and dances. We thi nk these were neighbor's parties, 
a time when neighbors would invite neighbors to 
come for an evening of music and probably dancing 
and food. 

He seemed to indicate that there was less music in the 
days after he was married and had a family of his 
own. We can only today speculate why this was so. 
His wife, Dona Miller Morse, daughter of pastor 
William Barton Miller, might have brought a slightly 
different culture to the household, but certainly she 
married her husband knowing his interests. It may 
have been largely because he was so busy with his 
farm and family responsibilities that he had less time 
and energy for outside activities. 

Clark Frank’s grandson, Richard (my father), who 
played banjo himself, once wisely noted that it was 
the people who found time to sit on their porch and 
play that got good at playing the banjo! I’m pretty 
sure he attributed that wisdom as coming from his 

While researching the diary of Clark Frank Morse's 
mother, Nancy Ward, I learned that when she was a 
schoolteacher boarding in Richmond, Illinois, she 
often spent evenings with friends in the town, where— 
I conclude, but cannot prove—music and singing was 
almost surely a part of their gatherings. Nancy was 
close friends with the wife of Dr. Robert F. Bennett 
and her sisters, and so she frequently visited and 
stayed for supper at the Dr. Bennett home. 


Dr. Robert Bennett was an older brother of Samuel 
Filmore Bennett, who wrote the hymn "In the Sweet 
By and By." Prior to the Civil War, S. F. Bennett had 
been principal of the town school and an active 
proponent of teacher education in the county. Nancy 
may have attended one of his teaching seminars or 
even worked with him, though he was residing in 
Wisconsin at the time of Nancy’s diary. There is 
record of the circumstances in which the famous 
hymn came about, which suggests that it was normal 
in the small town communities (or at least among the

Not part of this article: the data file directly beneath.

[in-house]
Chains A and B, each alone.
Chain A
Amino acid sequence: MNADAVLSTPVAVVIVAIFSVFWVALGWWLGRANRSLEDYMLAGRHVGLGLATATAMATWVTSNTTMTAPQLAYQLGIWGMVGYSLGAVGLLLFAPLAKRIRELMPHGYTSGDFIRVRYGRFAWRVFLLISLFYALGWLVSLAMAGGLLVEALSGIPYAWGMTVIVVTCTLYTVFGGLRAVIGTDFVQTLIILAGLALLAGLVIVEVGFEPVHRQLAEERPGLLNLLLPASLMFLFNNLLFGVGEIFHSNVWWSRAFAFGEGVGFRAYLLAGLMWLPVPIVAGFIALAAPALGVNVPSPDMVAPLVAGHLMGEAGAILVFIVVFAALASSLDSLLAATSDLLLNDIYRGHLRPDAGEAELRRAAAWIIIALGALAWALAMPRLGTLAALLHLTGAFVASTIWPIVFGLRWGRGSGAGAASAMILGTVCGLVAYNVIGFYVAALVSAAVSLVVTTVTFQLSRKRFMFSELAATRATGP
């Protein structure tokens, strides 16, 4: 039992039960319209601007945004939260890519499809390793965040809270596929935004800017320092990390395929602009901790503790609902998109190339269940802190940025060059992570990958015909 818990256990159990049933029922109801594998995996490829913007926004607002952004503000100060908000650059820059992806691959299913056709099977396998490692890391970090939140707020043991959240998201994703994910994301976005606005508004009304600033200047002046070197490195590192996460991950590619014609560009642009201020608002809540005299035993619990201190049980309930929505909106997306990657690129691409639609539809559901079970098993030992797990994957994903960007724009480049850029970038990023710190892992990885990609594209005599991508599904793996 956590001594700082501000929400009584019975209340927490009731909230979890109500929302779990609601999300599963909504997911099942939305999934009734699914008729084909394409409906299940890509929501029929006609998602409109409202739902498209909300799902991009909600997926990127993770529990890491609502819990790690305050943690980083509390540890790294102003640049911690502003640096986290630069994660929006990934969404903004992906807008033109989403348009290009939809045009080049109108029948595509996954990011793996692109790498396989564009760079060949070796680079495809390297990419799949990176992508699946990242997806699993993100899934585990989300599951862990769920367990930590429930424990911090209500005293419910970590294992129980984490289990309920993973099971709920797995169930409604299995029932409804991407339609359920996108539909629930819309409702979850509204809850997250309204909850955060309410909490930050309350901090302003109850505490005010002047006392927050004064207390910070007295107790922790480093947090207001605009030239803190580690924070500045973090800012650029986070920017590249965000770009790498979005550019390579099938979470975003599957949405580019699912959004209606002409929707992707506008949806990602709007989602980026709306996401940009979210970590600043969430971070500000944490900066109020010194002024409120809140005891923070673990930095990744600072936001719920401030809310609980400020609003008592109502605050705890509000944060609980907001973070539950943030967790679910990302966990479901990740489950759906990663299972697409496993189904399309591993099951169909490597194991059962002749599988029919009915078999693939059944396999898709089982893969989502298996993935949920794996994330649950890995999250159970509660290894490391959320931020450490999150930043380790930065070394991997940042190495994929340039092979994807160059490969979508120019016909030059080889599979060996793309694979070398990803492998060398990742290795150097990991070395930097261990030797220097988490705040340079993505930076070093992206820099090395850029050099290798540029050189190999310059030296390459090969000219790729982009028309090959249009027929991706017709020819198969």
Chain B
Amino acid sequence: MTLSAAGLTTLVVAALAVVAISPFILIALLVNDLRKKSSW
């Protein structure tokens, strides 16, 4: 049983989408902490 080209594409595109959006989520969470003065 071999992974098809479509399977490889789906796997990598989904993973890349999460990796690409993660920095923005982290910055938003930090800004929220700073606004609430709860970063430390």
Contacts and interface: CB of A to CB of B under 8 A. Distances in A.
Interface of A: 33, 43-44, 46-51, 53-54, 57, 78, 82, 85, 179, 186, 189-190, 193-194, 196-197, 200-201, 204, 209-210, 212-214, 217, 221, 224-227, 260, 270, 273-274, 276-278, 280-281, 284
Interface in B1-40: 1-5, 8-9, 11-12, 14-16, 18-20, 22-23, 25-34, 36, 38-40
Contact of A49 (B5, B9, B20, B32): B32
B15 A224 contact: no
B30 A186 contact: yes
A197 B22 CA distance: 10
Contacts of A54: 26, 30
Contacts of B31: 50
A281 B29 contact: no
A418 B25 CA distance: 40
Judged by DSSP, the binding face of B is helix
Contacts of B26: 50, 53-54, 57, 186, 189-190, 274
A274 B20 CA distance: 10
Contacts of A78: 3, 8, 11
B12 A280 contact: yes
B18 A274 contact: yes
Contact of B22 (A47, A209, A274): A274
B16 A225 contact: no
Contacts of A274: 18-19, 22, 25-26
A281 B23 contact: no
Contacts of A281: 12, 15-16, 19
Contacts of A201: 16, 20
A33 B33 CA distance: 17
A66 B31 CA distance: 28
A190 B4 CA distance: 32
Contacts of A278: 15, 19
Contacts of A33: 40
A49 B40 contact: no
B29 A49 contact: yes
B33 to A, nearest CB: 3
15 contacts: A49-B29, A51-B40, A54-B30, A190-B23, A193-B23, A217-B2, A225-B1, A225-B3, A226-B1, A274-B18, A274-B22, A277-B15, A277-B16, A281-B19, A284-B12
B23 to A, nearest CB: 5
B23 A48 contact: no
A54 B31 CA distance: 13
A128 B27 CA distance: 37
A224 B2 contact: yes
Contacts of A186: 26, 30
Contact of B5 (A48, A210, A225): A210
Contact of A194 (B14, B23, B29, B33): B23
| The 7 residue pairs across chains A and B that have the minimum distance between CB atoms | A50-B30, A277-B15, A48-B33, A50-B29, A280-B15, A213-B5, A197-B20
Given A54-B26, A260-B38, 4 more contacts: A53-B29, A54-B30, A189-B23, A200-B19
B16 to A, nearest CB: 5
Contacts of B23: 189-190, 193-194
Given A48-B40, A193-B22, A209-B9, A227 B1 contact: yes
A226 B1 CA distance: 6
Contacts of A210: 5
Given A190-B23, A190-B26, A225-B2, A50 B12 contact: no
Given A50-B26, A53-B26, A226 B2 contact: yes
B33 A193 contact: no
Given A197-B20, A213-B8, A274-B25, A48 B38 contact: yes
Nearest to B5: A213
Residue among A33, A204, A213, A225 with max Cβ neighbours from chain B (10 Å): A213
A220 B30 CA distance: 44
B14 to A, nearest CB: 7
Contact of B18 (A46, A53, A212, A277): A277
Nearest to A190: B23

Bennett family) for friends to pick up a fiddle and 
share or write a song or hymn. Nancy's 1867 winter 
evenings with the Robert Bennett family likely 
included similar sharing of music. Perhaps the 
Bennett family sang their brother’s hymn in this year 
prior to its publication. Sadly, Nancy’s 1867 diary 
seldom recorded specific details of her visits. 

Nancy did mention her occasional attendance at 
"singing school"—a common winter pastime in many 
frontier towns of the time—but she did not attend 
consistently. Whatever love of singing she may have 
shared with her later husband and children in Bates 
County is left unrecorded, with the exception of the 
comment from her son of fond memories of "much 
music in the home." 

While Clark Frank may have found music less 
prevalent by comparison in his later life, it was not 
totally missing. Two of his grandsons, Richard (my 
father) and his brother, Jack, usually lived and worked 
with him on the fann during the summers. Both of 
the boys somehow learned to play harmonica well 
enough to play at a local fair or competition, and were 
even once hired by a local storekeeper to perform for 
a promotional event. Later their younger brother, 
Bob, also learned banjo and guitar. 

Richard also recalled music from the radio. In order 
to enjoy better radio reception of The Grand Ole 
Opry, some of them would drive a vehicle to some 
spot known for better reception. Though Clark 
Frank’s fann was not electrified, he had a small wind 
generator device, specifically designed to power a 
radio. As families more frequently became listeners 
rather than participants, perhaps it was the old days of 
live, home-grown music and dancing that Grandpa 
Fra nk missed? 

Do you have fond memories of music or other 
pastimes in your home when you were a child? Or 
perhaps you remember comments from your parents 
and grandparents of what they did. Do write them 
down, or use your computer to record an audio or 
video recording telling these stories. We at MCG may 
be able to help you find a venue to archive them for 
the benefit of future generations. 


Marjorie Slavens 

Music has always been very important in my family. 
The articles written by A1 Morse about music in the 
Newcomb family of his wife Dorothy, and Julia 
Morse’s article this month about music in her family 
have inspired me to think about music in my own 

My father, Ralph Westmeier Slavens (1907-1983), 
was born in Seymour, Indiana. The grandparents of 
his mother, Edna Marie Westmeier, came to Indiana 
from Germany in 1841. His father, William Howard 
Slavens, was born in Henry County, Missouri and 
moved with his mother first to Kentucky and then to 
Seymour. His father bought a fann near Wicks, 
Arkansas in 1908, but it was not a very successful